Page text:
George W. Johnson (1861-1862)

Party: Democrat, Southern Rights.
Residence: Georgetown, Scott County.
Occupation: Lawyer and Planter

George W. JohnsonFleeing home to set up a revolutionary government in exile, enlisting on the battlefield as a common soldier, and being mortally wounded only to be tended to in his dying days by friends in the Union army, George W. Johnson’s short term as Confederate provisional governor reads as much like a Romantic novel as it does history.

Johnson was a member of a wealthy and well-connected Bluegrass family whose members included U.S. Vice President Richard Mentor Johnson. In addition to investments in Kentucky farmland and the developing thoroughbred breeding and racing industry, the Johnsons and several other allied Kentucky families owned thousands of acres of cotton land in Mississippi and Arkansas. It is not surprising, then, that when the cotton-producing states of the Deep South seceded in the weeks following Abraham Lincoln’s election in 1860 George Johnson ranked among the most enthusiastic supporters of Kentucky’s secession and admission to the new Confederacy.

Most white Kentuckians, though, were not so keen on the plan, and the state entered a period of neutrality, which ended with the state declaring full allegiance to the United States in September 1861. The Unionist legislature quickly passed laws condemning treasonous rhetoric and action, prompting Johnson and many prominent secessionists to flee the state. In late October, the secessionist exiles convened in a convention at Russellville, Kentucky, which was being occupied by rebel general and Johnson’s distant relative Albert Sidney Johnston. The Russellville Convention passed a secession resolution, established a provisional Confederate government for the state, declared Bowling Green the new capital, won admittance to the Confederacy, and elected George Johnson the state’s provisional governor in November 1861.

Johnson’s tenure in office was short lived. By February, Confederate defeats at Forts Henry and Donelson in West Tennessee and Mill Springs, Kentucky, forced the army and Johnson’s provisional state government to retreat south, conceding Bowling Green, Nashville, and nearly all of Tennessee. With little governing to do after the army left the state, Johnson volunteered as an aide on the staff of his cousin, Confederate General and former Vice President John C. Breckinridge, who commanded a brigade of rebel Kentuckians.

In early April, Albert Sidney Johnston finally turned to launch a counter-offensive near the Tennessee-Mississippi border. His April 6th attack on U.S. Grant’s Union army, encamped along the Tennessee River near Shiloh church, resulted in some of the war’s heaviest fighting in thick forested terrain. Still a volunteer aide, Governor Johnson rode with Breckinridge into the heart of the fighting that morning until stray federal bullets killed his horse. Eager to help the cause however he might, though, the governor enlisted as a private in one of Breckinridge’s regiments of Confederate Kentucky infantry. Fighting resumed on the 7th, though the death of General Johnston late in the first day and the arrival of Union reinforcements during the night turned the tide of battle against the rebels. As Breckinridge’s command fought to cover the Confederate retreat, George Johnson was grievously wounded and left on the field by his retreating comrades and constituents. Recognized by a friend and fellow delegate to the 1860 Democratic national convention, Union General Alexander McCook, Johnson was brought into the Union camp cared for as he died by loyal Kentuckians including James Jackson and John Marshall Harlan. After his death on April 8, these friends saw to it that his body was returned to Georgetown for burial.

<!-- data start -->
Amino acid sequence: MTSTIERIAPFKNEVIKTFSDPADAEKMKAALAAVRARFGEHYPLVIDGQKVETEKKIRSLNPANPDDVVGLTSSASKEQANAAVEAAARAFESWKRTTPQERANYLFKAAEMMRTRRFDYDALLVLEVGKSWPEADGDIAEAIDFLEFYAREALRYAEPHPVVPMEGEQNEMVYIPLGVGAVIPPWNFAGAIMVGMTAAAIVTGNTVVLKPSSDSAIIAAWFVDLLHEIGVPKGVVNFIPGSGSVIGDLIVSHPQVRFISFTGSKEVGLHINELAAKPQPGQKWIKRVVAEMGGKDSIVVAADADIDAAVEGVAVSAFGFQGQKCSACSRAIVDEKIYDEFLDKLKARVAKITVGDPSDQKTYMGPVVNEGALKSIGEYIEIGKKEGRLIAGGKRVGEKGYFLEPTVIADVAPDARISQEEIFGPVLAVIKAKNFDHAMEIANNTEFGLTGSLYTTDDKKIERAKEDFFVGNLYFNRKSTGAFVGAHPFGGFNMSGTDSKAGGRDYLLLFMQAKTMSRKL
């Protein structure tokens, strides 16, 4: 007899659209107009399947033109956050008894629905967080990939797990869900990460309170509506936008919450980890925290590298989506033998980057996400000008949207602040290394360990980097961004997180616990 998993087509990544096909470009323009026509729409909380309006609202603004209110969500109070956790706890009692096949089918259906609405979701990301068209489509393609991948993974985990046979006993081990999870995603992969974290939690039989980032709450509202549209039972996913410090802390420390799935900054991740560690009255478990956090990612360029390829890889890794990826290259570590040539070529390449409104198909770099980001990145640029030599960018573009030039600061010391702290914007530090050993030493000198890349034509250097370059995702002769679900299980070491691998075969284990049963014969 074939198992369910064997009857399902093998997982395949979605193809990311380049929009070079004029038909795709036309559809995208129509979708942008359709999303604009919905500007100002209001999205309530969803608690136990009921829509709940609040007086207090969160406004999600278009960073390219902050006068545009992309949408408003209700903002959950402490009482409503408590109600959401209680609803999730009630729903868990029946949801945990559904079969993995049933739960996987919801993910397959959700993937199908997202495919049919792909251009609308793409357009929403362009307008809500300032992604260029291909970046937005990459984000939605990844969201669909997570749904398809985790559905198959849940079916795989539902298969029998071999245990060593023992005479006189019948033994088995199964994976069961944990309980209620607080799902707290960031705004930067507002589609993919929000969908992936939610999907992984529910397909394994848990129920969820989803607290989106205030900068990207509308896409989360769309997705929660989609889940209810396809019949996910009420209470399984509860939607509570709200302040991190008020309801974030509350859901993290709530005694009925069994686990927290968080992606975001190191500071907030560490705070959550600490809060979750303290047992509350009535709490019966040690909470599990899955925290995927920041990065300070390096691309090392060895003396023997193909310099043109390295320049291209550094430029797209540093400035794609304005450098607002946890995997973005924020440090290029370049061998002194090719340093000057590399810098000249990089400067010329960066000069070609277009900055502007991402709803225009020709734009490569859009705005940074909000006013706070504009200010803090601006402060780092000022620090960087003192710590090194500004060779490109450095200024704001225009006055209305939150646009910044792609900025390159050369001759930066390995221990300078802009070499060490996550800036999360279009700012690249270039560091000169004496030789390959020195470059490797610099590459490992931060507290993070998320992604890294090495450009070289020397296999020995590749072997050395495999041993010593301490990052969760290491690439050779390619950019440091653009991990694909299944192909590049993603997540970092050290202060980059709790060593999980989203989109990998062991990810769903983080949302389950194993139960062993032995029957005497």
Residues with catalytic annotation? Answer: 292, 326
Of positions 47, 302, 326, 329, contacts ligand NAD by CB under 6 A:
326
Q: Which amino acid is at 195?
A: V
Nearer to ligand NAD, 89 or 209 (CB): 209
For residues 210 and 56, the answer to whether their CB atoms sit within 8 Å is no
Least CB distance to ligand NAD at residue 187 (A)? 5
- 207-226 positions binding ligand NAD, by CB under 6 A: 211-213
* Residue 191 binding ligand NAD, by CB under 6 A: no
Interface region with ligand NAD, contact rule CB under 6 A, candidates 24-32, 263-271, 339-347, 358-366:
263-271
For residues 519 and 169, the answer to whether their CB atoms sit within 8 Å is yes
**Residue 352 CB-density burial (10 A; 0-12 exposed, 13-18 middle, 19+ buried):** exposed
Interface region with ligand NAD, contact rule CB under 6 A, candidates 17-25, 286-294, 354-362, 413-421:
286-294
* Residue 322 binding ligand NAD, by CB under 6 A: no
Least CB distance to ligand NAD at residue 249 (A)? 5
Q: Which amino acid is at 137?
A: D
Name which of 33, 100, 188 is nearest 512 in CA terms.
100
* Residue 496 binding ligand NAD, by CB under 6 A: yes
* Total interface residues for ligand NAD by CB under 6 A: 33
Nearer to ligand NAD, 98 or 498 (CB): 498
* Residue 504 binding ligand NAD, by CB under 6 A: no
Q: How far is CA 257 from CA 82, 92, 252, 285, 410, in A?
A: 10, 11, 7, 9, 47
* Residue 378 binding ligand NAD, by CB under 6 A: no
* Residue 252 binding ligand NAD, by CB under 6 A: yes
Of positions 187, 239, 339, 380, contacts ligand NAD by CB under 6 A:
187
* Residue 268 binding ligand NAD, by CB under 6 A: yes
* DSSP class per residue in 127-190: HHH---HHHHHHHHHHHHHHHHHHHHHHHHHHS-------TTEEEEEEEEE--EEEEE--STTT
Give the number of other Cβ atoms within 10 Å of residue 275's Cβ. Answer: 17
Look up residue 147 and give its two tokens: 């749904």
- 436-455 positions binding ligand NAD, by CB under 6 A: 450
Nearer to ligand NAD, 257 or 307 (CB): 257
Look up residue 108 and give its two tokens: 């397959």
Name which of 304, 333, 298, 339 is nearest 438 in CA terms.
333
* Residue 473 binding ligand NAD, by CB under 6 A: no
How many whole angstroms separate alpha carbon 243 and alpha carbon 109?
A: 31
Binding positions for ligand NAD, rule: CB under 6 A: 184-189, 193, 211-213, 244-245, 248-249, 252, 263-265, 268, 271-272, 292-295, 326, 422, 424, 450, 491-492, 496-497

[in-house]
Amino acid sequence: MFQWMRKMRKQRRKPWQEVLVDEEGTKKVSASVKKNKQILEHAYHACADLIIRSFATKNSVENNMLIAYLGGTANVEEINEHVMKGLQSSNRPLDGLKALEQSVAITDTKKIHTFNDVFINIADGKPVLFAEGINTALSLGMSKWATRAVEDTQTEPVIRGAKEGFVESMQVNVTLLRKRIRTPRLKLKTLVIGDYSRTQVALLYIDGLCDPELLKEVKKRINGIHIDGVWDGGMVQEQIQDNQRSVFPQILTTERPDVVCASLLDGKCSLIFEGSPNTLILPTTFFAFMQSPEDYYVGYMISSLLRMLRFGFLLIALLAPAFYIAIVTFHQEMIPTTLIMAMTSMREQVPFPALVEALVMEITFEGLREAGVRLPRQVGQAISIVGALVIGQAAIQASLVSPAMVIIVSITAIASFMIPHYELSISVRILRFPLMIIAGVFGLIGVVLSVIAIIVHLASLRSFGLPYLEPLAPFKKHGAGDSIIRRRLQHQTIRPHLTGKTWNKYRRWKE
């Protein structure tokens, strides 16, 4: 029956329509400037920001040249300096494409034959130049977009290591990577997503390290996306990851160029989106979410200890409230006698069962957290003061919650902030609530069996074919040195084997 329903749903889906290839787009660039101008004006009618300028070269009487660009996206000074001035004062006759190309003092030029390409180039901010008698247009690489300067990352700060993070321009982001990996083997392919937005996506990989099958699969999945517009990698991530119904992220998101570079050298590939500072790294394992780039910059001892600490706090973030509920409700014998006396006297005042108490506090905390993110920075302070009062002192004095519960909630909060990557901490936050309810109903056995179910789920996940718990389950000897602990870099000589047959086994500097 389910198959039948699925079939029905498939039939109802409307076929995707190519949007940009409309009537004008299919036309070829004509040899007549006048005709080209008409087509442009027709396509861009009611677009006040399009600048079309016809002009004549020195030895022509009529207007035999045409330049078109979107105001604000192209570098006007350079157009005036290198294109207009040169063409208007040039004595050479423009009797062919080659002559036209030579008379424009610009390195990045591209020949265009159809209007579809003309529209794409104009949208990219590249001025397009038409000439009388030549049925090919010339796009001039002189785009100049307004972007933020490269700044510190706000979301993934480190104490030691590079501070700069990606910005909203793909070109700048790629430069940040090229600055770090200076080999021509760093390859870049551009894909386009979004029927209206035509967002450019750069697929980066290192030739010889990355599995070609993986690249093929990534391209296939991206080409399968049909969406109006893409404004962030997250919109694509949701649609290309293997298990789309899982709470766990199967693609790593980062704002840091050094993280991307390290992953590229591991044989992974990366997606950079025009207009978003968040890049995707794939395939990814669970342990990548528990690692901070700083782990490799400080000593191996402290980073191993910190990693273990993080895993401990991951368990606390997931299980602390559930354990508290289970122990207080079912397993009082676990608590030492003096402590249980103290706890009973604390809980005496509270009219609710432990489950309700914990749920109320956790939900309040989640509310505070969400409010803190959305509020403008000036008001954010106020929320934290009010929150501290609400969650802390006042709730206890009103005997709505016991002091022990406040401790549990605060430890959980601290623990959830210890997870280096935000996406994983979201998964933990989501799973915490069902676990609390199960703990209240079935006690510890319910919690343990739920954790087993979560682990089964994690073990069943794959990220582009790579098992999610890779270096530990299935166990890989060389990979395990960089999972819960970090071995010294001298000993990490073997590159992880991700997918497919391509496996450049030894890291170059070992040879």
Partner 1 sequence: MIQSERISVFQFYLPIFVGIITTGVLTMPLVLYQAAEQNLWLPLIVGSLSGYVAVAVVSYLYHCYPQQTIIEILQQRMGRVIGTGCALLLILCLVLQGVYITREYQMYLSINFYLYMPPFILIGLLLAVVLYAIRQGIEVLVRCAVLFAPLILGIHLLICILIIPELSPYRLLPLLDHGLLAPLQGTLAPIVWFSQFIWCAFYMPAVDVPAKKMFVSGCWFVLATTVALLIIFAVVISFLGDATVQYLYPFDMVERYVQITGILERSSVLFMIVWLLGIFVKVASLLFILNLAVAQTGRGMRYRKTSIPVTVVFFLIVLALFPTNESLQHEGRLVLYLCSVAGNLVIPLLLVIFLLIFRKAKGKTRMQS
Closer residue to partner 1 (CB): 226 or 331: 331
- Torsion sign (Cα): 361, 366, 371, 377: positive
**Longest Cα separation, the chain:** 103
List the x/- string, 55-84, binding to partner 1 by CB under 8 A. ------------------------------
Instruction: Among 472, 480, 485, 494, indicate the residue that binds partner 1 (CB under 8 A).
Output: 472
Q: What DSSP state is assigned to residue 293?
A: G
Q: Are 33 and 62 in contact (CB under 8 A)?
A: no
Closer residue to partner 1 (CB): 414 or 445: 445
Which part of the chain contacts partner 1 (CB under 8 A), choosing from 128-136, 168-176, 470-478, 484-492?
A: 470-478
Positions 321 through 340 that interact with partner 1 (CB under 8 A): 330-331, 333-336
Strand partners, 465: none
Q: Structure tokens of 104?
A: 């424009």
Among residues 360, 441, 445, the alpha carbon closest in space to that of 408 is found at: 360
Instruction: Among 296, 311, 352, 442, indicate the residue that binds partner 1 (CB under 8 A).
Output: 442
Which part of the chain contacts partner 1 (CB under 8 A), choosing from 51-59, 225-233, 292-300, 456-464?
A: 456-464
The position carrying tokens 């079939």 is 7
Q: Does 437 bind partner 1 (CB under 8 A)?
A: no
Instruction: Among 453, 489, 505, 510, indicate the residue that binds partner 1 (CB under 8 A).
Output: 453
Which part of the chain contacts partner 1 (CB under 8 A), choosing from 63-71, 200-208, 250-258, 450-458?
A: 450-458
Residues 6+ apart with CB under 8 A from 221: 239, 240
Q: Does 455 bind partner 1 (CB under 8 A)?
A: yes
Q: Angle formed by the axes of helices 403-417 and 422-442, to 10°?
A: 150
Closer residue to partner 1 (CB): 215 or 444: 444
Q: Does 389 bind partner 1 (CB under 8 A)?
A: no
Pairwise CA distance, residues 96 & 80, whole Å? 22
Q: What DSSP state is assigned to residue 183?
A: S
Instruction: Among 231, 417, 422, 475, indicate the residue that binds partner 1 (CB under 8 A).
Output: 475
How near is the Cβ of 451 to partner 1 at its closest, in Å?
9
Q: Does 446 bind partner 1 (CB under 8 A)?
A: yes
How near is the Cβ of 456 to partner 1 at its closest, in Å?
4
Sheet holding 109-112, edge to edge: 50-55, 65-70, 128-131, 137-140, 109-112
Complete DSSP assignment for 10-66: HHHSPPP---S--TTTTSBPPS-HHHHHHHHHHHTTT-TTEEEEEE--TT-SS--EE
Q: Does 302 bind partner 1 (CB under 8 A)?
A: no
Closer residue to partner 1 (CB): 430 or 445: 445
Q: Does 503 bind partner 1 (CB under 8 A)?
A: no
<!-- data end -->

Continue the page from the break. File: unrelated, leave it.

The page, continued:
Though he did little governing, Johnson’s fascinating personal papers allow CWGK researchers to access the wide-ranging and complex networks of business and family connections which knit the antebellum plantation elite together. More importantly, Johnson serves as a direct conduit linking the economic interests of the cotton South to the unique course of the secession crisis in Kentucky. In addition to his own role, Johnson’s close connections to so many principal players in Kentucky’s secessionist movement make his perspective on the first months of the war invaluable for researchers.

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